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A Comparative Study of Solar Street Lighting System in Different Lamps

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A Comparative Study of Solar Street Lighting System in Different Lamps Somchai Hiranvarodom' ABSTRACT This paper presents a comparative study of solar street lighting system in three different lamps. Namely,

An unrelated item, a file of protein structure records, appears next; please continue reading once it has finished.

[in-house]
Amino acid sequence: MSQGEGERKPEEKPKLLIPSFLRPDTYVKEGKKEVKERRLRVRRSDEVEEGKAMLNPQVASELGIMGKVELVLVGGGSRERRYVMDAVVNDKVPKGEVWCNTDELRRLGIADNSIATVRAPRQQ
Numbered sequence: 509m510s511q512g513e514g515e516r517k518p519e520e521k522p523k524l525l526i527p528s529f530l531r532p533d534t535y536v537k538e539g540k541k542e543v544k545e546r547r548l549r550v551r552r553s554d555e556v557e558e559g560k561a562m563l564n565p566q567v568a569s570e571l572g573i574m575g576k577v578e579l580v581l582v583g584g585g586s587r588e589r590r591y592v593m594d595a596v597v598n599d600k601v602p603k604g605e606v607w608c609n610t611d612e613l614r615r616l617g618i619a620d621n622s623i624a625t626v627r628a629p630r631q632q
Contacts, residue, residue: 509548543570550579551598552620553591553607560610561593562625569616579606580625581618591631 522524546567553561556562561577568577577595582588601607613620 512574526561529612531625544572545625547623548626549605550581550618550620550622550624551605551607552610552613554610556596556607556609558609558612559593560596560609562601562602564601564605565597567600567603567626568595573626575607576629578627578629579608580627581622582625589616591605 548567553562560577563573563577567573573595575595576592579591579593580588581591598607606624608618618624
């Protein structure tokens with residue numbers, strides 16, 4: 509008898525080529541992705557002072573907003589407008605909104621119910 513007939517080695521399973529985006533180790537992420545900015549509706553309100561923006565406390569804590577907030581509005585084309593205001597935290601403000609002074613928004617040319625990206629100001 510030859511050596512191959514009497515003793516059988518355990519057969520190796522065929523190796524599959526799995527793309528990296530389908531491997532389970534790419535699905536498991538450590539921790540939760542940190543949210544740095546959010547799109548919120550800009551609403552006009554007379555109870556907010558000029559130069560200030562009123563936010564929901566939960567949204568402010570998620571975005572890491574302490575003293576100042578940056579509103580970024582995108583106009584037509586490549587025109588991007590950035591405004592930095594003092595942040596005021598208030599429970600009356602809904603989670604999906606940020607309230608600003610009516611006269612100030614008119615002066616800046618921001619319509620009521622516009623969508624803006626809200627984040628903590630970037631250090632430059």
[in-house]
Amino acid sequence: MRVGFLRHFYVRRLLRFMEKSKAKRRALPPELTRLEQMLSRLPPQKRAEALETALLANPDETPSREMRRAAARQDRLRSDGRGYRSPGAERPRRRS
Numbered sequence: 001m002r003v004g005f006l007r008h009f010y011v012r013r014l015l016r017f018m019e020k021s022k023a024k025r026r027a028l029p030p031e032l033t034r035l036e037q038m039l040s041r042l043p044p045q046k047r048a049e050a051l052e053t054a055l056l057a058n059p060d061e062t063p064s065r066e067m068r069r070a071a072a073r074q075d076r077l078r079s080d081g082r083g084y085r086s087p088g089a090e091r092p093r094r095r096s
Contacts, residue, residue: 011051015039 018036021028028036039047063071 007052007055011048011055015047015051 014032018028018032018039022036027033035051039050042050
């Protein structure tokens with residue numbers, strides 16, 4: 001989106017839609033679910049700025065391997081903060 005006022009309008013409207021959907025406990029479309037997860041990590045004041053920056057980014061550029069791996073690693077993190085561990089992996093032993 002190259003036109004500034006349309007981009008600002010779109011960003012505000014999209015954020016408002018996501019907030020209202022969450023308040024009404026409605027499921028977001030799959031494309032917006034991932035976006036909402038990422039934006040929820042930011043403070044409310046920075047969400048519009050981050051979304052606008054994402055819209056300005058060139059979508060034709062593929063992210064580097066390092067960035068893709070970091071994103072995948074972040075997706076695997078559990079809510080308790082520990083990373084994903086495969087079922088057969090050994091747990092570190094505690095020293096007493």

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A Comparative Study of Solar Street Lighting System in Different Lamps Somchai Hiranvarodom' ABSTRACT This paper presents a comparative study of solar street lighting system in three different lamps. Namely, a fluorescent lamp (36 W), a low pressure sodium lamp (18 W) and a high pressure sodium lamp (50 W) have been used for installation in each mast to deter mine the appropriate system to install in a rural area of Thailand. All three systems have been mounted with the same module type and wattage at the Rajamangala Institute of Technology (main campus), Thanyaburi district, Pathumthani province of Thailand. The design of a control circuit was experimentally done in this work. Protection of the battery from damage from deep discharge and overcharge by a controller was also considered. The batteries, which have a low self-discharge and maintenance free, have been situated inside the water proof battery boxes including measuring meters to show the values of current and voltage that to be generated from the solar modules. An operation of solar street lighting system can be divided into 2 period of time, namely, at hours and hours. The life cycle cost analysis is the appropriate method for comparing three different lamps. The present worth of each system can be compared and the least cost option selected. A LCC analysis is based on the key assumptions (year 2002). The costs of in stallation and operation and maintenance were esti mated by multiplying the capital cost ofpvarrays with 0.2 (20%) and 0.02 (2%) respectively. The results of comparative study the solar street lighting system with a fluorescentlamp has been the appropriate system for installation in a rural area of Thai land when the cost of lamps, system performance and possibility for purchasing the components of the system have been considered. The results of this study are able to provide useful information for rural electrification planners and PV engineers to choose the optimum system for installation in a particular rural village of Thailand. They should be applicable in other countries that are situated the same latitude angle with a similar climate. Key words: Solar Street Lighting. ' Department of Electrical Engineering, Faculty of Engineering Rajamangala Institute of Technology, Pathumthanee 12110, Thailand. Tel , Fax 78 J1S31SJRJnSSUR13RS SlBUOAa 1. INTRODUCTION Theelectric lamps that have been working on solar energy system in a rural area can represent a nonpolluting alternative source compared to the conventional lighting. They are highly economical in places without an electrical network as neither cabling nor main's connection is necessary. An autonomous lighting system is to provide lighting in isolated sites. According to a typical rural environment, stand-alone PV public lighting systems can be mainly applied as lighting for dangerous points or intersections, pedestrian crossings, ferry stations, access to the villages or the towns, public places, bus stops (school buses), camping sites, areas for activities and so on. In the design of a PV public lighting system the following items should be considered: (1) lamps for public lighting system, most lamps used in PV public lighting systems are low pressure sodium lamps, high pressure sodium lamps and fluorescent lamps. Although the colour of the light emitted from the low pressure sodium lamps is golden-white, they operate at a wavelength close to the peak sensitivity of the human eye and provide the highest luminous efficiency compared with other lamps. Generally, the wattage of lamps that are widely used is 18, 26 and 35 W for street lighting lamps. They provide luminosity of 1800, 3320 and 4800 lumens respectively [1,2]. A street lighting for fluorescent lamp with 36 W is normally recommended because it provides a somewhat higher efficiency (Iumens/W) than a lamp with 18 W. Furthermore, the lamps should be strong but lightweight and the housing must be sealed to 1P65 by a high quality Neoprene gasket. The lens should be vandal resistant and hinge down from stainless steel hinges for easy maintenance. Some manufacturers will provide a high efficiency inverter within the housing designed specially to operate 18 W or 26W low pressure sodium lamps. (2) Battery and Box, a water proof battery box is commonly used, and closed with special anti-theft screws. This makes it difficult to access for maintenance of the battery with regular addition of water. Maintenance-free batteries with valve-regulated sealed are strongly recommended. This is because they will never require water. Even though lead-acid batteries are commonly used for PV public lighting systems, nickel-cadmium batteries are also used in some special circumstances. The nickel-cadmium batteries are more expensive than lead-acid type. The se batteries are designed for deep cycle and low self discharge as needed for this PV application. ( 3) Control Unit, this is one of the most important parts of the system. The main features of this part of the system are voltage regulation to protect battery against over charging and deep discharges, and the possibility of programming the length and periods of the operation of the lamp. In addition, a special function can be operated to recognise the different length of day and night throughout the year and adapts itself to the seasons automatically. A conventional solar-driven street lamp tends to fail at least for some nights in winter. This is because it consumes a fixed quantity of energy every day until the battery is completely discharged. From that moment on, the lamp can spend in the night only the amount of energy it gained during the day. In long periods with bad weather this can lead to total breakdown for at least some nights. As a result, some manufacturers have designed a special function called an intelligent management system , based on a micro processor, which constantly compares the irradiation and the charging condition of the ~ J1S31SJRJnSSUfI13AS Sll5UUAa 79 battery to calculate the optimum control sequences [3]. Reducing the lighting times in the periods with bad weather prevents a total breakdown. Furthermore the management system will save energy in times when no light is required. 2. SYSTEM COMPONENTS 2.1 Street lighting lamp The first step of the design requires knowledge of the selection of street lighting lamps to use for comparing that is the main point of this research. Due to the fact that the solar street lighting systems must be installed for comparative study at main campus of Rajamangala Institute of Technology, Pathumthani province in Thailand. The main aims of this research is to determine the most suitable system for installation in a rural area of Thailand. Three different lamps were selected to use in this research. Namely, a low pressuresodium lamp of 18 watts, a high pressure sodium lamp of 50 watts and a fluorescent lamp of 36 watts have been used for testing. Technical data of these lamps can be seen in references [1] and [2]. 2.2 PV (photovoltaic) module There are 3 masts that have been mounted. Each of them consists of 2 PV modules which are connected in parallel for supplying the electric power to load. The PV module # BPTS 1270HP was used. The its characteristics are as follows: Rated power: C. max. power 17 volts max. power 4.16 amps Short circuit current 4.70 amps Open circuit voltage 21.2 volts Dimension 50 cm x 120 em Weight: 50 kg The height of each mast is 5 metres that to be mounted at Rajamangala Institute of Technology (RIT), main campus, Pathumthani province of Thailand. Design of solar module sizing is mainly based on the climatic data on inclined surface at latitude angle of Pathumthani province and daily load demand. Accordingly, the solar modules have been mounted on the top of a mast that having a slope of angle is about 14, this is the latitude angle of Pathumthani province, facing to the south of a compass. 2.3 PV lighting controller The PV street lighting system consists of a control unit or PV lighting controller, a charge controller, a universal timer, an inverter, a battery and a PV panel. The PV lighting controller is the heart of the energy management system. This is because it controls the energy of the battery and the way it is spent on the different parts of the system. The design of a control circuit was experimentally done in this research. An operation of the solar street light ing system can be divided into 2 period of time, namely at hours and hours. The charger is responsible for the charging and the protection of damage of the battery from over depth of discharge. The operating voltage of the system has been 12 V. One of the PV lighting controllers, the product from Morningstar Corporation Company, was used as a control unit of the PV street lighting for testing. Block diagram of the control unit can be shown in Fig. 1. 80 : ls31sjr: nssur1c1as Sll)UUAa frumpy module 4. EXPERIMENTAL TESTING In this project, the luminous efficacy of each lamp, this is quotient of the luminous flux emitted and the power consumed [4], was determined to know which type of the lamp the best is. A comparison of the lumin ous efficacy of the each lamp was done. In fact, a square matrix that has a tobaiery Figure 1 : Block diagram of a con trol unit part. 2.4 Battery In this project, the battery with maintenance free type has been used. Rated ampere-hour and an operating nominal voltage are 100 Ah and 12 volts respectively. 3. LIFE -CYCLE COST ANALYSIS dimension of 13 metres x13 metres was divided to meas ure the horizontal illuminance at a point under luminaries. Eac h point has equally 1 metre of distance, it can be seen from Fig 2. By choosing the centre point of measuring that has been between the bott om of the luminaires and the surface luminance of the road is selected. This is based on 5 metres of the mounting height. Accordin gly, a significant data was found that the luminous efficacy of the fluo rescent lamp has been the best for this experimental testing. The life cycle cost analysis ( LCC) is the appropriate method for co mparing three differentlamps. The initial costs and all fut ure costsfor the entries operatio nal life of a system are considered. To make a meaningful comparison, all future costs and benefits have to be disco unted to their equiva lent value in today's economy. All future costs and benefits are discounted to the present worth or present day values. The present worth of each system can also be compared and the least cost option or the most suitable sys tem for installation in Thailand selected. A LCC analysis is based on the key assumptions (year 2002). Th e costs of installation and operation and maintenance were estimated by multiplying the capital cost of PV arrays with 0.2 (20%) and ( 2%) respectively. The results of an analysis for three different street lighting lamps are shown in Table I. A B C D '~H'-'--- E F G H ~~._ ~~~... I J Kt ~~t- t- L ~~._ ~~~... M Figure 2 : A square matrix for testing the luminous efficacy of the lam ps The illuminance value (E ), its unit is lux, at p the point of marking in the square matrix can be measured by a lux meter. The n the value of an average illuminance ( E ) over the area of the square av J1S31SJRJnSSUR13ftS Sl~U\)Ha 81 matrix can becalculated from E = ( E +E E ) av pi p2 pn In, where n is the total number of points in the square matrix. Table II shows the comparison of the illuminance value, the value of luminous flux of the lamp and the luminous efficacy in different lamp s. 5. CO CLUSIONS Thi s research has been found that the average illuminance in lux of the fluore scent lamp at design location, Pathumthani pro vince of Th ailand, has a highest value compared to the low-pressure sodium and high -pressure sodium. On the other hand, the lifetime of the fluore scent lamp has a shortest time compared to other lamps [4]. Neverth eless, the aim of this project is to determine the appropriate system to install in a rural area of Thailand when the cost of lamp s and system performance are compared. Table III shows a compari son of characteristic of each lamp in different parameter. Although the input current consumption of the low pressure sodium lamp was least, the total ca pital cost of the low pressure sodium lamp for installation was highest compared with other lamp s. The main problem for using a low pre ssure sodium lamp (18 w) and a high pressure sodium lamp ( 5 0 w) with DC ballast sets in Thailand is to very difficult to purchase. Especially, there have not been abso lutely availa ble in man y local shops of Th ailand. In addition, the cos t per lamp of a low pressure sodium lamp and a high pressure sodium lamp has been very more expensive than a fluor escent lamp (see Tabl e III). Thi s was a reason why the AC ballast sets and inverters were needed when the low pressure so di um and high pressure sodium lamp were used in this project. In contrast, a fluorescent lamp and the DC fluorescent ballast of 12 volts or 24 volts that to be used for a circuit of fluorescent lamp can be widely purchased in many local shops of Thailand. Accordingly, Th e result s of comparative study the so lar stree t lighting system with a fluorescent lamp was the appropriate sys tem for install ation in a rural area of Thailand when the co st of lamps, sys tem performance and possibilit y for purchasing the components of the sys tem have been co nsidered. The results of th is study are able to provide useful information for rural electrification planners and PV engineers to choose the optimum system for installation in a particular rural village of Thailand. Table I : The results of analysis in different lamps Type of Period Total Annuallised Levelised Lamps of LCC LCC Energy Cost Low Analysis (years) (Baht') (Baht/year) (Baht/kWh) Pressure 20 96, , Sodium (18 w) Linear Fluore scent 20 87,568 11, (36 w) High Pressure , , Sodium (50 w), 42 baht ;;; 1 US Table II : The results of calculation. Wattage E Luminous Luminous av Lamp of lamp (lux) Flux Efficacy ( watts) (lumens) ( lurneu/w) Fluorescent] High pressure Sodium 2 Low pressure Sodium 3 1. with DC ballast, 2. with AC ballast, 3. with AC ballast. 82 J1S31SJRJfiSSUR1C1RS S1»U\JAa Table III: Conclusions of the comparative study of solar street lighting system in three different lamps. Fluorescent Low pressure High pressure Figure 3 : Solar street lighting system with a fluorescent lamp Figure 4 : Solar street lighting system with a low pressure sodium lamp Features (36 W) Sodium Sodium (18 W) (50 W) Input Ide used (A) Nominal Vde(V) Nommal Ide (A) E, (lux) Cost/lamp 60 1,200 2,100 Ac ballast non 2, De ballast 340 not available not available Inverter no yes yes Used Inverter 100 w Non Battery 4,800 4,800 4, Ah Lamp Housing ,000 2,000 Solar module 60,000 60,000 60,000 2x70 W Lamp available yes no no in rural area Figur e 5 : Solar street lighting system with a high pressure sodium lamp J1SalSJRJnSSURlaflS Sll5UOAa ACKNOWLEDGEMENT The author would like to many thank the Morningstar Corporation Company for providing a useful control unit for this project and Mr. Paitoon Prateepsuk who sincerely supports for designing the structure of the lighting masts in this work. These include among others: Todsapon Boonpan, Pachara Turma and Wipawadee Pantapalin who provide useful information and strongly support the author. 7. REF ERENCES [1] LabCraf t. Data Shee t Solar Street Lighting. Chelmsford, Essex, CMl 2UP, [2] RS Catalogue. Elec trical Product. Book 2, London, UK, [3] Engco A dvanced T echnology. Cata logue of Sol ar Lighting Techno logy Stuttgart, Germany,1998. [4] Philips. Lighting Manual. fifth edition, Dr. Somchai Hiranvarodom received the Ph.D. degree in electrical engineering from 1.. University of Northumbria, UK. He has been a lecturer at the Department of Electrical Engineering, Faculty of Engineering, Rajamangala Institute of Technology (Main campus, Pathumthani province). His main research intere sts in Photovoltaics (PV) power sys tem and electrical power system.